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Learning-by-Doing and the Introduction of New Goods

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  • Nancy L Stokey

Abstract

A dynamic general equilibrium model is developed in which goods are valued according to the characteristics they contain; the set of goods produced in any period is endogenously determined; and learning by doing is the force behind sustained growth. It is shown that the set of produced goods changes in a systematic way over time, with goods of higher quality entering each period and those of lower quality dropping out. The model is then used to study the effect of introducing a "traditional" sector in which there is no learning. Copyright 1988 by University of Chicago Press.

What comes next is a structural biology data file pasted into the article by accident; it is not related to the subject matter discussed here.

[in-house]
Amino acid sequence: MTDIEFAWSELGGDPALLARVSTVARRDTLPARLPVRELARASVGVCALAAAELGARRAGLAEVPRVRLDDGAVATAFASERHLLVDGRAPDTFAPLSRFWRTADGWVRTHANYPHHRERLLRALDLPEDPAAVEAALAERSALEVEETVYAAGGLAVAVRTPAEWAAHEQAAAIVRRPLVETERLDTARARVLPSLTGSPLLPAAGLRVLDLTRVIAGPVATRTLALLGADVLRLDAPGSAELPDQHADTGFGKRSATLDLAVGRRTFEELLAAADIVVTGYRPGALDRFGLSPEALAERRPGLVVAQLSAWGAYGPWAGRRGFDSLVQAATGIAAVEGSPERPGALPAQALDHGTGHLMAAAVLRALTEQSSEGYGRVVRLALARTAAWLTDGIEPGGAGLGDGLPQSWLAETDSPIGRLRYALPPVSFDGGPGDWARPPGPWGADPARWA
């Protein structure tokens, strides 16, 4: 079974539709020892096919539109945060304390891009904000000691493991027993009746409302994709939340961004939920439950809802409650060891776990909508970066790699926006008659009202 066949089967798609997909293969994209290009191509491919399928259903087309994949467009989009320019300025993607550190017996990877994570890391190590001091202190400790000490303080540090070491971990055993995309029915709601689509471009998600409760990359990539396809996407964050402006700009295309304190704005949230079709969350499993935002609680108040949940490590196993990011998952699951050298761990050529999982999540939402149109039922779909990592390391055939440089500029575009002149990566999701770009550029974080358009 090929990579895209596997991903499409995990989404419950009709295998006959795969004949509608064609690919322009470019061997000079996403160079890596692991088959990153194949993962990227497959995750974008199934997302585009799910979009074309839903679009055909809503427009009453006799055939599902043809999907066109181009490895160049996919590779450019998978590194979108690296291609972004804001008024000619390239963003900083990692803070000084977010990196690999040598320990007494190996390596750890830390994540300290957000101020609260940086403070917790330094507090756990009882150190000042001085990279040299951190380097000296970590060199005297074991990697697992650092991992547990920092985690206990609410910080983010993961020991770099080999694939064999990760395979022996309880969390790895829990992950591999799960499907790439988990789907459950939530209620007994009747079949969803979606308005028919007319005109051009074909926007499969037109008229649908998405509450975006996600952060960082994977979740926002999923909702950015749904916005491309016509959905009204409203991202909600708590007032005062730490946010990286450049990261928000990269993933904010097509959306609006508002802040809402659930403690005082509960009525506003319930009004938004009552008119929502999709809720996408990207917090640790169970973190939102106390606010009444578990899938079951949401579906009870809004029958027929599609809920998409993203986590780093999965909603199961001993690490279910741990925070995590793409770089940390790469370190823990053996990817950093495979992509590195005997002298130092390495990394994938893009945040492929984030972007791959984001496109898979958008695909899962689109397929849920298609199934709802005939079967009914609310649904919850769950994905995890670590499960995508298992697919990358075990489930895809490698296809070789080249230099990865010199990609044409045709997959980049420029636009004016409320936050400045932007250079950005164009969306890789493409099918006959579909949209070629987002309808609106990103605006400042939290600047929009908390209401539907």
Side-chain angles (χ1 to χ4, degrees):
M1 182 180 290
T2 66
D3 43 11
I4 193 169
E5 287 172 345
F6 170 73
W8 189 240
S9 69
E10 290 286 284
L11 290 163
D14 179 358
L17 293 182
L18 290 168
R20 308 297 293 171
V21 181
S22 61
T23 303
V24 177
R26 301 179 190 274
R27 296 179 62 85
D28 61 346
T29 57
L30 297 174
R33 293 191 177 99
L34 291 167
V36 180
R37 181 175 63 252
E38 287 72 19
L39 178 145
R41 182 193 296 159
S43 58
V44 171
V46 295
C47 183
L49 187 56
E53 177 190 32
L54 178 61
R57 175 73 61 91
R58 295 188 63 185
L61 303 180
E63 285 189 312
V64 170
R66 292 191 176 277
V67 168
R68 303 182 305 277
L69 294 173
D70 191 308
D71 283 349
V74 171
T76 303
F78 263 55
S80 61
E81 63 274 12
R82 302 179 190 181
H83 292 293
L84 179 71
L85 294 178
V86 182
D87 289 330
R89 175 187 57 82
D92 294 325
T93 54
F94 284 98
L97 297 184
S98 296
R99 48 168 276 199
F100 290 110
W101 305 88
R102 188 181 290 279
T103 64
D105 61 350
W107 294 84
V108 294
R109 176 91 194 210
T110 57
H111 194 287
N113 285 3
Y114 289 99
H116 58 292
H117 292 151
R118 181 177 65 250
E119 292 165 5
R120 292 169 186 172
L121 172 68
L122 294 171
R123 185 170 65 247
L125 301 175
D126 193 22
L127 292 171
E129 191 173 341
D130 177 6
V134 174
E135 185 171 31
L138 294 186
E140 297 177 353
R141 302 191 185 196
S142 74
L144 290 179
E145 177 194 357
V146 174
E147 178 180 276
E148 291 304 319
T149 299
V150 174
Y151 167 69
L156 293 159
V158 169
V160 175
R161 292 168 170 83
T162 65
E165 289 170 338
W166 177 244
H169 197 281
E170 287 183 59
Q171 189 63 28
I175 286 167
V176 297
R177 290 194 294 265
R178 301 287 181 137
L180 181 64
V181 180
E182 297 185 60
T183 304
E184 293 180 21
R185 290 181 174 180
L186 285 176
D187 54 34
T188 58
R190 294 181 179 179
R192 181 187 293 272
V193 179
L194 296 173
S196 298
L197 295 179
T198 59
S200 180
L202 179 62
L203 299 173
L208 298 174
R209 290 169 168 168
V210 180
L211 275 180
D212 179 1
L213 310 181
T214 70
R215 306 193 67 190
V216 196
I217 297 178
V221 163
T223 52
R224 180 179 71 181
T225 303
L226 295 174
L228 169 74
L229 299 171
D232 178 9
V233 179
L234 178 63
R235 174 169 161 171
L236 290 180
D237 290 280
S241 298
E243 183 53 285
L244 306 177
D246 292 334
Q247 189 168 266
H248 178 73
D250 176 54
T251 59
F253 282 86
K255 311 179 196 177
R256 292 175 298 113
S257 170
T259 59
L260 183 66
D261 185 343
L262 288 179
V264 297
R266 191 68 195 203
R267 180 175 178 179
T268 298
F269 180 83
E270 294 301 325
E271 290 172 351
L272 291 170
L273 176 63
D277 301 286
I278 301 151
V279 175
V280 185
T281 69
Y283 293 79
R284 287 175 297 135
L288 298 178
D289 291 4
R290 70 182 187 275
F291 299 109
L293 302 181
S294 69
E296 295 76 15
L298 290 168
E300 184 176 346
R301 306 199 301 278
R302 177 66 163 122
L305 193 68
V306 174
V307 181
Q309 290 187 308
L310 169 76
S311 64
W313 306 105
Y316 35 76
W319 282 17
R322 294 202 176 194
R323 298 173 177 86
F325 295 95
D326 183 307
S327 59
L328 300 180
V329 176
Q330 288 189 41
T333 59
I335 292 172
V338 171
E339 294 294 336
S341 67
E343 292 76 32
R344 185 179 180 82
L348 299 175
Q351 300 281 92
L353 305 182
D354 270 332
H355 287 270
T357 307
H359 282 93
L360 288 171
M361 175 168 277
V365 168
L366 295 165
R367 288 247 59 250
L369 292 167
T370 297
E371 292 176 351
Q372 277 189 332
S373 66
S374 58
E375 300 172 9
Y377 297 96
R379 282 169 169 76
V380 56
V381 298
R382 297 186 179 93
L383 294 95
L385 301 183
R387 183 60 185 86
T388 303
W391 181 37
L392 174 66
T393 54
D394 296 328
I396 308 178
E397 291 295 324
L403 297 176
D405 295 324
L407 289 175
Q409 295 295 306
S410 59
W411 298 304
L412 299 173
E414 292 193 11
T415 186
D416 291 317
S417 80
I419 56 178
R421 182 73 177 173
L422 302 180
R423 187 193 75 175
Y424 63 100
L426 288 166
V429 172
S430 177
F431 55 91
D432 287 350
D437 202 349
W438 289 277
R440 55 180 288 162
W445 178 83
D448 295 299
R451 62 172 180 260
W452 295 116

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Bibliographic Info

Paper provided by Northwestern University, Center for Mathematical Studies in Economics and Management Science in its series Discussion Papers with number 699.

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Date of creation: Sep 1986
Date of revision: May 1987
Handle: RePEc:nwu:cmsems:699

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Web page: http://www.kellogg.northwestern.edu/research/math/
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  1. Tjalling C. Koopmans, 1963. "On the Concept of Optimal Economic Growth," Cowles Foundation Discussion Papers 163, Cowles Foundation for Research in Economics, Yale University.
  2. Clemhout, S & Wan, H Y, Jr, 1970. "Learning-by-Doing and Infant Industry Protection," Review of Economic Studies, Wiley Blackwell, vol. 37(1), pages 33-56, January.
  3. Kelvin J. Lancaster, 1966. "A New Approach to Consumer Theory," Journal of Political Economy, University of Chicago Press, vol. 74, pages 132.
  4. Judd, Kenneth L, 1985. "On the Performance of Patents," Econometrica, Econometric Society, vol. 53(3), pages 567-85, May.
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